Yoga Beyond the Human Body: Interview with Yogini Anacostia

We caught up with International Contact Yoga Instructor Sarian Lee aka Yogi Anacostia to discuss her perspective on yoga, self-acceptance, the role of asanas, breathing techniques and meditation in the healing and transformation process. Sarian is one of the health leaders in Washington DC, east of the Anacostia River, where she teaches affordable vinyasa yoga classes.

How did Sarian Lee become Yogini Anacostia? Tell us about your path? Why did you dedicate your life to this practice, and how has it changed you?

I started yoga after a tragic event – the loss of a loved one. At that time I lived in a small town in Belize, in Central America, and traditional medical care was not developed there. Luckily, a close friend of mine attended an Art of Living group that used breathing techniques to get rid of emotional pain. There I learned what meditations and asanas are, and my life changed forever. Now I have a tool that will help me get through the worst of times and I no longer feel helpless. I don’t need outside help now. I overcame mental trauma with yoga and came out with a whole new way of looking at the world.

What is your mission as a yoga instructor? What is your goal and why?

My mission is to teach people to heal themselves. Many people live without the knowledge that there are powerful tools, such as yoga, that quickly relieve everyday stress. I still face opposition and challenge in my life. I don’t always manage to calmly resolve the conflict, but I use a system of breathing, postures and movements to restore balance.

What do you understand by healing? And what makes this process easier?

Healing is a daily path to inner and outer balance. One fine day, we will all be healed, because we will die, and the soul will return to the Beginning. This is not sad, but rather the realization that we are heading towards a destination in our lives. Each person can be healed, being happy from the fact of his existence, and realize even his most daring dreams. The path to healing must be through joy, fun, love, light, and this is an exciting process.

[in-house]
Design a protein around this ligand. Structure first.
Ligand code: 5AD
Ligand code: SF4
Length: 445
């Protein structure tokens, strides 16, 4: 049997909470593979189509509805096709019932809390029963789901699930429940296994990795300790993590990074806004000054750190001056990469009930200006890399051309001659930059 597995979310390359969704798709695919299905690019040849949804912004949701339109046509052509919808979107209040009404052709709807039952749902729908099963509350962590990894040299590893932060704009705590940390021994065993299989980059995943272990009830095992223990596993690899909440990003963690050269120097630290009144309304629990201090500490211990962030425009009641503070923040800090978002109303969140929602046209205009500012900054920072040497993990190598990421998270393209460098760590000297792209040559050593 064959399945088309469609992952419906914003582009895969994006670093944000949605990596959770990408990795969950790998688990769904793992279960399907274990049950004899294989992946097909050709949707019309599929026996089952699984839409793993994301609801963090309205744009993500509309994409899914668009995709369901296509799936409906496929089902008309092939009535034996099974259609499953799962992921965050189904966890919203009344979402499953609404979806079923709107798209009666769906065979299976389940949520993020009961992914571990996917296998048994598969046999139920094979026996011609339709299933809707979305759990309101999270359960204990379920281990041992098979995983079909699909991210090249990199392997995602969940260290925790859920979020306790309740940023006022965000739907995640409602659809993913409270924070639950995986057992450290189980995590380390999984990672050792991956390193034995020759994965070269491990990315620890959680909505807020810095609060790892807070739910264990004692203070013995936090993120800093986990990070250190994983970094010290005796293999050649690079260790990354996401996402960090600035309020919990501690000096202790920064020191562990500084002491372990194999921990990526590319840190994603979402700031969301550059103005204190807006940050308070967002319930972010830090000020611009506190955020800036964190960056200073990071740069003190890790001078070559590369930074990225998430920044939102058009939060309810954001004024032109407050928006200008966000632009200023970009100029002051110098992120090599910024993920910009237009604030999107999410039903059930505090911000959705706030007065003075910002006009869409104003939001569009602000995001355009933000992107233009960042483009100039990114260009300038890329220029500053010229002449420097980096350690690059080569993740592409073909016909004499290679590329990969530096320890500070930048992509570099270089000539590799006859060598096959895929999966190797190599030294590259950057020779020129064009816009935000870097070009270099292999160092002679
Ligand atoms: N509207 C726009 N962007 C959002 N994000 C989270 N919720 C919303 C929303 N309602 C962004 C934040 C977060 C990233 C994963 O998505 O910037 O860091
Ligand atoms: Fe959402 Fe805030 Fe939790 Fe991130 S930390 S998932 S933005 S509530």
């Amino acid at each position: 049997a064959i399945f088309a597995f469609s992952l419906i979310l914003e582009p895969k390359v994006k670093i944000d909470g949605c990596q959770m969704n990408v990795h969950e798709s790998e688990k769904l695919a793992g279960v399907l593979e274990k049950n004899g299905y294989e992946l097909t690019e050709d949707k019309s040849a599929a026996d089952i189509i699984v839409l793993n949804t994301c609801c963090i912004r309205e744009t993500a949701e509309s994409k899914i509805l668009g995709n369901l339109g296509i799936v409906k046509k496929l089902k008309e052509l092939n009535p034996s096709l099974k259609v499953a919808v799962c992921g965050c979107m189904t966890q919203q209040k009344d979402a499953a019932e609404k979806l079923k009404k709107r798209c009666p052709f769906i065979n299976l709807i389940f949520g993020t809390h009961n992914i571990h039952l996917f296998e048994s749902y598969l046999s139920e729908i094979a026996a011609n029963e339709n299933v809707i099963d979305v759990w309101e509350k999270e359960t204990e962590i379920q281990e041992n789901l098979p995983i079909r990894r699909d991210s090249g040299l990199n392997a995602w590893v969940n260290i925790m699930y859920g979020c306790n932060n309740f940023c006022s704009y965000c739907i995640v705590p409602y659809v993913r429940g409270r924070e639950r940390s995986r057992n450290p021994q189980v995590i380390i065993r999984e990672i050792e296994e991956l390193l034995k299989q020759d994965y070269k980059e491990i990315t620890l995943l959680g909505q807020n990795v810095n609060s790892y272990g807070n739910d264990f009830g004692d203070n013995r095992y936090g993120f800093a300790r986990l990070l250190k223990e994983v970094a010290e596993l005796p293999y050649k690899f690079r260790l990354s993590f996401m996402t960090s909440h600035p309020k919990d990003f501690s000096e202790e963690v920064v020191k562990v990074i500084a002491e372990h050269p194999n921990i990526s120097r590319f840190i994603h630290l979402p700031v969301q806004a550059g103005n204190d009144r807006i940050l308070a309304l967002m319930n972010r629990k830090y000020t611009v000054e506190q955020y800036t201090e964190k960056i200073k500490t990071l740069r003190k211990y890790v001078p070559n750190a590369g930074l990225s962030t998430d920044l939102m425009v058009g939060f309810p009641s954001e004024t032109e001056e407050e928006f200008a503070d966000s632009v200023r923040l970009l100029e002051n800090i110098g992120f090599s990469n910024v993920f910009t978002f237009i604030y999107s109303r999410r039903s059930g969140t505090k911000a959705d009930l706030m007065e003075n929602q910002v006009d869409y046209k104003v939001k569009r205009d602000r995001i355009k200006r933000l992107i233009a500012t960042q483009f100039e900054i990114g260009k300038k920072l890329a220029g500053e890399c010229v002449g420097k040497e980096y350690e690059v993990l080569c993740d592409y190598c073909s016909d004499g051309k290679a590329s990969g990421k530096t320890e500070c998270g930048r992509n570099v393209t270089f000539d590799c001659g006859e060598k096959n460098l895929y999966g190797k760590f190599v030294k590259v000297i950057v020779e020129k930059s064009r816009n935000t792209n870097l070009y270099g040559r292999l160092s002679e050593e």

You claim that in talking about yoga and about the body, there is no comparison of “fat and skinny.” Can you explain in more detail?

The debate about body structure is one-sided. People are not divided into blacks and whites. We all have our own shades of the palette. There are thousands of yogis of all colors, different abilities, different sexes and weights. You can watch on Instagram how people of different body types demonstrate yoga poses with confidence and skill, though I can’t say anything about their character. Many, despite being overweight, are healthy and completely happy. The most important thing is to control your emotions and develop your consciousness.

What is your relationship with your own body? How has it changed over time?

I have always been physically active, but never fit into the stereotype of an athletic person. I have thick thighs from my West African grandmother and muscular arms from my South Carolina grandfather. It is not my intention to change my heritage. I love my body.

Yoga has taught me to look deeper into the person and not listen to the changing opinions of the media about beauty, fitness and health. Some of my friends are body shy and do everything to lose weight. Others treat their appearance with complete disdain. My self-esteem focuses on “feeling good” instead of “looking good.”

I think people should find their own middle ground. An increasing number of people are reconsidering their views on health and beauty, regardless of stereotypes and marketing preferences. Then yoga does its job and gives impetus to the spiritual evolution of the mind and body.

What advice would you give to someone who feels they can’t do yoga due to being overweight, for example?

I will suggest that they start with the most important thing in the body – breathing. If you can breathe, then you have a constitution suitable for yoga. Close your eyes and enjoy your yoga practice. Let its deep principles flow through you.

In my blog, everyone can find photos of people from all over the world with different figures doing beautiful asanas. More importantly, people change their character to improve the world.

What other misconceptions about yoga are there?

Some may think that yoga is a panacea for any emotional ups and downs. This is unrealistic and unnatural. Yoga provides tools such as mantras, meditations, asanas and the Ayurvedic diet to help break the mold and patterns in our lifestyle. All this makes it possible to consciously make adjustments and turn towards balance.

And finally, what is the purpose of yoga, as you see it?

The purpose of yoga is to achieve peace, tranquility and contentment in earthly life. Being human is a great blessing. The ancient yogis were not ordinary people. They recognized the unique opportunity to be born as a human and not as one of eight billion organisms. The goal is to live in peace with yourself and others, becoming an organic part of the cosmos.


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